By Jim Rossignol on February 2nd, 2009 at 10:57 am.
The future is, it seems, digital downloading of games. So what is the future of digital downloading? Well, perhaps it’s this: AWOMO, or “A World Of My Own”, is coming to the end of its public beta this week. You’ve got two days left to sign up and get Rome: Total War for free, if you’re interested in testing the service. It’s a rather neat idea: a download service that downloads content as you play. It delivers the essential files to get you started with just a short period of buffering, and then fetches the rest of the game once you’re busy playing. After the jump: more info, and a call for questions.
Here’s some more press releasey details on the technical side of things:
GDI’s proprietary distribution platform, AWOMO, features a number of technical innovations which reduce the effective download time of large games from hours to just minutes, providing consumers with short waiting times – up to 20x faster than conventional services.
“The primary way in which AWOMO achieves this goal is by exploiting the simple principle that a gamer does not need to access the entire game data right from the beginning,” Roger Walkden, CEO of GDI explains. “In the same way a person watching a movie does not need to see the end first, nor does a gamer need the whole game just to start playing. The data needed for later levels can be downloaded safely in the background with no interruption to the game experience.”
As the consumer begins downloading, AWOMO analyses the PC and tests the connection speed, compiling an optimised download that will allow them to start playing with the shortest possible wait time.
The secret lies in the conversion and optimisation process for each game. The QA teams prepare the games by generating sets of ‘data-time’ maps which a neural network subsequently analyses to calculate the most efficient way to deliver the data to a gamer at a given connection speed. The more the game is tested, the smarter the platform becomes and the smaller the initial download.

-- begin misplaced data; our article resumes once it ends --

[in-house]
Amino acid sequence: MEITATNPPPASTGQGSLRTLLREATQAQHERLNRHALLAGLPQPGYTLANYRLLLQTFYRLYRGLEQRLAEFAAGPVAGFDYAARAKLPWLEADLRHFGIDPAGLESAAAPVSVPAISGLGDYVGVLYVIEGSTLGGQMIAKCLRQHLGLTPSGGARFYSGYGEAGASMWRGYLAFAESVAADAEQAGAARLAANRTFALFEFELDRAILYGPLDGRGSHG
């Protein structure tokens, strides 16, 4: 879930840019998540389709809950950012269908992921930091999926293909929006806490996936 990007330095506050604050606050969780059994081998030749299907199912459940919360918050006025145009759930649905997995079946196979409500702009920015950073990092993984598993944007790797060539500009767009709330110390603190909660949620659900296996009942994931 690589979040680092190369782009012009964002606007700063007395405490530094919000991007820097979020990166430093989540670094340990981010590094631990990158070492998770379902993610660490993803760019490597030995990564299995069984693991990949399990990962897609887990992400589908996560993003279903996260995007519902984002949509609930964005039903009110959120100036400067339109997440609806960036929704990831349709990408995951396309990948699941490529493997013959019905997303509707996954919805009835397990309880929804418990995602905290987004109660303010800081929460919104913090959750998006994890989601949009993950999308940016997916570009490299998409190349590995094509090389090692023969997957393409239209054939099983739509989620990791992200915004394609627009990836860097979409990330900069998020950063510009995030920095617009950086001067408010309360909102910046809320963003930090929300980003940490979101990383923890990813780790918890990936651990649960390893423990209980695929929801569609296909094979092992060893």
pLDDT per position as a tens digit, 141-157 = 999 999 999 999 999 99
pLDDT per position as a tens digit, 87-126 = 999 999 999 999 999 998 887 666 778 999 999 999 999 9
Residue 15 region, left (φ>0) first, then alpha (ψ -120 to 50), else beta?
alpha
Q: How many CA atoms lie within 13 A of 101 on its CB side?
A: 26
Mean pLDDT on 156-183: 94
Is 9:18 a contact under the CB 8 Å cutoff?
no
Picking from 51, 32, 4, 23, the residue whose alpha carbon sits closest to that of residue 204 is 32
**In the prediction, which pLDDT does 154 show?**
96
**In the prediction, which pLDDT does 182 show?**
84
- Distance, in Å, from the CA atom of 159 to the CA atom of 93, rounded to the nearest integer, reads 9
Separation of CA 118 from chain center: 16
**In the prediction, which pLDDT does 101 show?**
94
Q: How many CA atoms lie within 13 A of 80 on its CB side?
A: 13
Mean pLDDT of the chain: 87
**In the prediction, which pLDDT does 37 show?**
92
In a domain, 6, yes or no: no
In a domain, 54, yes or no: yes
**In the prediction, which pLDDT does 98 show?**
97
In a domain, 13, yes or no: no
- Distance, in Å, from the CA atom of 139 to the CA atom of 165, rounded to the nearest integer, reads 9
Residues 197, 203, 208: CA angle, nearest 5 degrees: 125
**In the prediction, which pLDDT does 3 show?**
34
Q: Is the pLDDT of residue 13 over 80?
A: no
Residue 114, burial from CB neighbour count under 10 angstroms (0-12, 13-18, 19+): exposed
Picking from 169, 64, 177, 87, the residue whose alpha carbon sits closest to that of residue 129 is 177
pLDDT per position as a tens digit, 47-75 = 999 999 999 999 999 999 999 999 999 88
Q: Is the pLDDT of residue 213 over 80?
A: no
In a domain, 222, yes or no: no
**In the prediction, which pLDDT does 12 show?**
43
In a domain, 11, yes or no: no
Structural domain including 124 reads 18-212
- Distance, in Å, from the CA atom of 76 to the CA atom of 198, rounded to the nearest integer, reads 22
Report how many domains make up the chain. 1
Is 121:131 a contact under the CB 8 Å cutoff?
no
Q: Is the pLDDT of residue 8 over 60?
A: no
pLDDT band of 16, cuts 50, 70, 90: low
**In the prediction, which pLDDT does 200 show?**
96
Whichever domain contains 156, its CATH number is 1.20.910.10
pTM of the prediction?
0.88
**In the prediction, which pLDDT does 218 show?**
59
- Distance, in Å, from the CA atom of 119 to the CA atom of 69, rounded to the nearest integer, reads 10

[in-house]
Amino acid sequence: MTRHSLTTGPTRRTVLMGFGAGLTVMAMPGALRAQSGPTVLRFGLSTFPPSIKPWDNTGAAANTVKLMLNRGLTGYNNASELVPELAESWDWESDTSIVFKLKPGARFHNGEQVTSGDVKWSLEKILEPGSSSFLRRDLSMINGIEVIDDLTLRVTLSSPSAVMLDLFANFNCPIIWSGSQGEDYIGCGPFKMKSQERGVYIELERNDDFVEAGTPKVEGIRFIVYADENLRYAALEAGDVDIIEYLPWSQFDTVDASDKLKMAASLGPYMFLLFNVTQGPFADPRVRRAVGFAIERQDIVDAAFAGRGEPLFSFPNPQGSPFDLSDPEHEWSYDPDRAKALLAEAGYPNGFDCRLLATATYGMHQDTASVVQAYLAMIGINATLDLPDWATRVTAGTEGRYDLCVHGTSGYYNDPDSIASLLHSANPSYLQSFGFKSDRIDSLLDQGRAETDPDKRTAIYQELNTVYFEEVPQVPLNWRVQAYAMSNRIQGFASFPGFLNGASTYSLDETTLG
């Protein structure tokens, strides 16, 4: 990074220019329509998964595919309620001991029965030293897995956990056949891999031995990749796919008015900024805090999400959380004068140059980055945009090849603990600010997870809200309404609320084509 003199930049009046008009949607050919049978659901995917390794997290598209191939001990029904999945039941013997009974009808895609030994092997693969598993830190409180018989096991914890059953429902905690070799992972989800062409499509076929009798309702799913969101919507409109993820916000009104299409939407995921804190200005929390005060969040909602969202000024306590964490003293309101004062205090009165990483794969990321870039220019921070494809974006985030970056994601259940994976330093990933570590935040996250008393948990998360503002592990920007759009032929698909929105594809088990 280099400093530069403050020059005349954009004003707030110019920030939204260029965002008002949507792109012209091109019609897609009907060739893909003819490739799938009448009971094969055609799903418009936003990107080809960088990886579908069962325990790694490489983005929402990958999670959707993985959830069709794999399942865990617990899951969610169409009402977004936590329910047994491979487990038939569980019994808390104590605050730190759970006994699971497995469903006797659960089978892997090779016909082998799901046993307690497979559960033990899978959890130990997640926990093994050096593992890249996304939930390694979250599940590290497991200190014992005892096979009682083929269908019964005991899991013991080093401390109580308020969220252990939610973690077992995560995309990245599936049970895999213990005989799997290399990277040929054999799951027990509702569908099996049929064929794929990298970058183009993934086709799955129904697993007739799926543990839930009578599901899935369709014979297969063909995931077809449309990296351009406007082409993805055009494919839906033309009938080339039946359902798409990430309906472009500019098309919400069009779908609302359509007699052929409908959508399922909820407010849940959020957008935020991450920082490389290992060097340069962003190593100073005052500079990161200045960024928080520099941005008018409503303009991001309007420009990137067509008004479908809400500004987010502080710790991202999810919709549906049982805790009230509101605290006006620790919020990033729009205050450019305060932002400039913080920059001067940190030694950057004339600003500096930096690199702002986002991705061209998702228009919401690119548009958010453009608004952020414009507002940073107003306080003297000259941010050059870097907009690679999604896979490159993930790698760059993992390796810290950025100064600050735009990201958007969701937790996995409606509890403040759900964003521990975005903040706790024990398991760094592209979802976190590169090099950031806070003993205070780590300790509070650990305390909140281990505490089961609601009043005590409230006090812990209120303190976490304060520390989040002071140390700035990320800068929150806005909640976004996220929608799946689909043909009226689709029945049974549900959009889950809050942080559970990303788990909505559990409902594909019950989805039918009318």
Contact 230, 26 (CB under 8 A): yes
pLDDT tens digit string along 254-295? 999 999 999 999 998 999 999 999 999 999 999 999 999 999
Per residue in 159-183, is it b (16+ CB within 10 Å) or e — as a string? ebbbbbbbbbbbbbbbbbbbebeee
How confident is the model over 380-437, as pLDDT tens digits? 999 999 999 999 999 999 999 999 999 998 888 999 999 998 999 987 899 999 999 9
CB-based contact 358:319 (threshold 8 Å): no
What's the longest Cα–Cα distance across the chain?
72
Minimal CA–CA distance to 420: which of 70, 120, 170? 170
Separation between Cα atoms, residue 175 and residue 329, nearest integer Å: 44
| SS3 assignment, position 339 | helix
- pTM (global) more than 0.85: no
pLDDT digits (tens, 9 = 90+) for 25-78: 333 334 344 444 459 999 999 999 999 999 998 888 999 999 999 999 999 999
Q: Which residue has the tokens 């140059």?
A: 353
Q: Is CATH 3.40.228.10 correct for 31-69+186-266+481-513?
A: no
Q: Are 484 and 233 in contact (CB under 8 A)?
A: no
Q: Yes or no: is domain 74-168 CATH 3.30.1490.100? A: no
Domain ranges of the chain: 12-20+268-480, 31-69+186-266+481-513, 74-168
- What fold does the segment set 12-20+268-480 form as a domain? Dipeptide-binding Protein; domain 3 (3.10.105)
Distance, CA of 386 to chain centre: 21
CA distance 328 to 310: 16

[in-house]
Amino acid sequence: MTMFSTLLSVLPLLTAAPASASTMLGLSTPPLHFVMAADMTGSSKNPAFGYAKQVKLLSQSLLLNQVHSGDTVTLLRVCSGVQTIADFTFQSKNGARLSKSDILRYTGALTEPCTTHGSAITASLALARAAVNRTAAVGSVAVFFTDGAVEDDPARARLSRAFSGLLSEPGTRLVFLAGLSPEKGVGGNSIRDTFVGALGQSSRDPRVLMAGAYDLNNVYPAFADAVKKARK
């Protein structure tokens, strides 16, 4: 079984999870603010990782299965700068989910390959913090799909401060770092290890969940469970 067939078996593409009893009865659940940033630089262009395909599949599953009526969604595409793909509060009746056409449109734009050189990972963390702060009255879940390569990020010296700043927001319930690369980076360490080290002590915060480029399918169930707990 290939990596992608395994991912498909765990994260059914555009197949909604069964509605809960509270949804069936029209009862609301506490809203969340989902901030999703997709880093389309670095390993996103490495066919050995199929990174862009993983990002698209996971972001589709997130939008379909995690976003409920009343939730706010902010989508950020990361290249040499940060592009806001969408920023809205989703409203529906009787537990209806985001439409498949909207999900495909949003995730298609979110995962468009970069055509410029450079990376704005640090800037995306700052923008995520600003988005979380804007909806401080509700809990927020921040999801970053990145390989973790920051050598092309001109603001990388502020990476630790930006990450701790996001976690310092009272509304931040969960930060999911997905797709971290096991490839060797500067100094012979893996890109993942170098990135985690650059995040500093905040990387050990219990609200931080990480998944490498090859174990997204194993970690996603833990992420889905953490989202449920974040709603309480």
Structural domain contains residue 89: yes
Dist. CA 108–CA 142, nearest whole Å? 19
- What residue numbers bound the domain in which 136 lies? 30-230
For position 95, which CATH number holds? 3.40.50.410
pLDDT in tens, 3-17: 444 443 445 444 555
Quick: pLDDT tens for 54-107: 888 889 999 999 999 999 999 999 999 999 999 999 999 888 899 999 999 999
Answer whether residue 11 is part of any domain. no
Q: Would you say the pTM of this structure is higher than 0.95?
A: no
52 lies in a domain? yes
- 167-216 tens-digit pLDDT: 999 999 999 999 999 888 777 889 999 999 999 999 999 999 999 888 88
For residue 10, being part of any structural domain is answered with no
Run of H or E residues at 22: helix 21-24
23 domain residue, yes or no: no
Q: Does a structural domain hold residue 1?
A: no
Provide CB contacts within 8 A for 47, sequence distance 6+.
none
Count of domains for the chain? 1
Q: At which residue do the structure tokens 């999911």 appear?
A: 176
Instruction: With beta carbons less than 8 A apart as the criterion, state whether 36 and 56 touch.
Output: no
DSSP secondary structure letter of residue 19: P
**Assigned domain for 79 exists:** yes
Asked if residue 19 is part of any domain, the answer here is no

Results vary by game: for some, the initial download can be as little as a twentieth of the data – the core ‘engine’ plus other essential information. Others may require a larger download to ensure there are no interruptions to game play, but the AWOMO platform also has a couple of other unique tricks up its sleeve to help minimise the initial download size.
“Many games actually have large amounts of repeated or redundant data,” reveals Walkden. “For example, the same visual feature may be reused many times and stored as a separate instance each time. AWOMO simply replaces repeated data with a reference to the original. Similarly, information which is never accessed by the game is discarded, much as the audio compression used for music downloads discards data the ear can’t hear.”
“AWOMO is like building a road in front of a driver as they progress – as far as they are concerned, the road is there all along, when in fact it’s being laid just out of sight,” Walkden explains. “Of course, as with all great technologies, what happens ‘under the hood’ is unimportant to the consumer. As far as the gamer is concerned, AWOMO is just the platform that delivers a game far quicker than any other download service – and that’s all they need to know.”
Clever boys, eh? There’s even a front-end 3D world lark a way off it seems, although they’re just getting the technical details of really fast downloads going for now. We got in touch with AWOMO to find out more, and they’re keen for RPS readers to put any questions you might have directly to them. Do you have a question? Post it in the comments, and I’ll round them up and send them off. If we get enough, and the answers are interesting enough, perhaps I’ll knock up a post on the subject next week. Question away!